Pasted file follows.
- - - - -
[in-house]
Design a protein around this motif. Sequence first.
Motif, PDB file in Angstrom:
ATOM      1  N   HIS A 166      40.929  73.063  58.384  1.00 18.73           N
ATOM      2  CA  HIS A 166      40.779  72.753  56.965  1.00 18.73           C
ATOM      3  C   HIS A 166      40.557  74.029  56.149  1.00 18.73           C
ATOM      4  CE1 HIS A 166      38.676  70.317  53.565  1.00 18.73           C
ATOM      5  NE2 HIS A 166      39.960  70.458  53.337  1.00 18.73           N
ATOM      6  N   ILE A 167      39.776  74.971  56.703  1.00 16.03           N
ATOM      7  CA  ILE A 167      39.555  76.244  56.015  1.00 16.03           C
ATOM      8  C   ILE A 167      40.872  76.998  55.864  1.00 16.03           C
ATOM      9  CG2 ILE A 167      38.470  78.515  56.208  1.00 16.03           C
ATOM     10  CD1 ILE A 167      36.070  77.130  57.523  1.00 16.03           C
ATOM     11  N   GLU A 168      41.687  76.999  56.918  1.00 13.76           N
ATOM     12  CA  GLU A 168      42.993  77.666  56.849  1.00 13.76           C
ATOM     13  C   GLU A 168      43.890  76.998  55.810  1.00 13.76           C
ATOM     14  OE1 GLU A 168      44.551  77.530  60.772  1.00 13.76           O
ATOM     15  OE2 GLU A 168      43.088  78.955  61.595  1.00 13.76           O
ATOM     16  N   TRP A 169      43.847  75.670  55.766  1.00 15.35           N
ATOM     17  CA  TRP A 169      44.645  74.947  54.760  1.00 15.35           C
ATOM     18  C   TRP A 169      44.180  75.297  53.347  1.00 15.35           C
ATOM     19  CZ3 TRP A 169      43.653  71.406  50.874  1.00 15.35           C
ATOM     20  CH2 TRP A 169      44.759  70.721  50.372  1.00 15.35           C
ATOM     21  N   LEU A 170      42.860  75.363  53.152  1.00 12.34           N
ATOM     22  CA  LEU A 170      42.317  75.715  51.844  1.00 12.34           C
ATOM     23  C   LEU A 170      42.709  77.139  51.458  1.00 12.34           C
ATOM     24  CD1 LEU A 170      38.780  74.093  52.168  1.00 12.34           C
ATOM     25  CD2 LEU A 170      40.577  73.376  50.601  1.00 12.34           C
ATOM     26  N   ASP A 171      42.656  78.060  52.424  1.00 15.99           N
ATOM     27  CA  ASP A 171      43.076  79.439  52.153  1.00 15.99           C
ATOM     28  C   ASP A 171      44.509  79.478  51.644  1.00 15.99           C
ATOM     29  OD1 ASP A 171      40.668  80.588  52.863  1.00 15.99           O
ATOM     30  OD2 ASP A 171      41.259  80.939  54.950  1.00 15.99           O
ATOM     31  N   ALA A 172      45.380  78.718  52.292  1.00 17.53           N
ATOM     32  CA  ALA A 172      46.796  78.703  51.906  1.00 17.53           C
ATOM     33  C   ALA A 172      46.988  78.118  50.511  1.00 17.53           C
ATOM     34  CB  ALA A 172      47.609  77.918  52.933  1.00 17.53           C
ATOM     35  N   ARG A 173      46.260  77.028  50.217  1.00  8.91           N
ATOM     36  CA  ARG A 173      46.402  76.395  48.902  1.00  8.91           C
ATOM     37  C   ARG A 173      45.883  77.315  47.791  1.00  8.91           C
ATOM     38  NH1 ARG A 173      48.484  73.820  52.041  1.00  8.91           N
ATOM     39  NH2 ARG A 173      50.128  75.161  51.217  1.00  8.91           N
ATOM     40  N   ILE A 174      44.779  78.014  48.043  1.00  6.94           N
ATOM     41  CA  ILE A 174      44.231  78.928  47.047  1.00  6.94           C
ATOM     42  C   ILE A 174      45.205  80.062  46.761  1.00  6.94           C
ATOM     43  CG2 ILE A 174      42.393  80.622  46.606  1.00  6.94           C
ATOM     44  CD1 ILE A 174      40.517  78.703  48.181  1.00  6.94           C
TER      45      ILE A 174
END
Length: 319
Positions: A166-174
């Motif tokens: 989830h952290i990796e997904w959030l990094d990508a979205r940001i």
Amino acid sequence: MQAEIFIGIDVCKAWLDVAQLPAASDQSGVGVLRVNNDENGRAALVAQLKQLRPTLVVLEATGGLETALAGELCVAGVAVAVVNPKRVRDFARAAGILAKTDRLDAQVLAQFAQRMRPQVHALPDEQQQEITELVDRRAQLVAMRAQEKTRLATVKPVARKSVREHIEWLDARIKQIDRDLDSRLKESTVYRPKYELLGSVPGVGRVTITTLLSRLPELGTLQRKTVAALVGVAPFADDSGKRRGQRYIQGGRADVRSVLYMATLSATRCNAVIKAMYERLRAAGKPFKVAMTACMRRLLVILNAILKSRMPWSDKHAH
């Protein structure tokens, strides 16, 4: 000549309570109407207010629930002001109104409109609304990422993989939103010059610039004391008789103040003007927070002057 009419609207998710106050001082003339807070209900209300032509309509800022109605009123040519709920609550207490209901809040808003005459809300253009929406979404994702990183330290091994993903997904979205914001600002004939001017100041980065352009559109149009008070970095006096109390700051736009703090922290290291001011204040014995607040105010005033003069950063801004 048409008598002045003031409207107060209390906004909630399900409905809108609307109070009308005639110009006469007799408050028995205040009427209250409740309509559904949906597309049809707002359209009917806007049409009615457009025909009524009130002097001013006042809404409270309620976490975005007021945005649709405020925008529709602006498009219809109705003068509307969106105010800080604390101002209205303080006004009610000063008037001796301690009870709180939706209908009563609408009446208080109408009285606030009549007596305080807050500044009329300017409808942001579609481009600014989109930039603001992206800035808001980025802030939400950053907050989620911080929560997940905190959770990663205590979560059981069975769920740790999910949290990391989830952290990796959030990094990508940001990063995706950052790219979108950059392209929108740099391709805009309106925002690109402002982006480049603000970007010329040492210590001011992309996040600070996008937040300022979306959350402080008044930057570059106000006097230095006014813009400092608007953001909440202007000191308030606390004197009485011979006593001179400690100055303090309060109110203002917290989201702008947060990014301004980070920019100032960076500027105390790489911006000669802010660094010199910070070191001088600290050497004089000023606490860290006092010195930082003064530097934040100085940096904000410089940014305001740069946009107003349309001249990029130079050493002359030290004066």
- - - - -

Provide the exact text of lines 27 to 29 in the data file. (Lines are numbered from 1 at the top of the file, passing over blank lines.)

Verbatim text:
ATOM     24  CD1 LEU A 170      38.780  74.093  52.168  1.00 12.34           C
ATOM     25  CD2 LEU A 170      40.577  73.376  50.601  1.00 12.34           C
ATOM     26  N   ASP A 171      42.656  78.060  52.424  1.00 15.99           N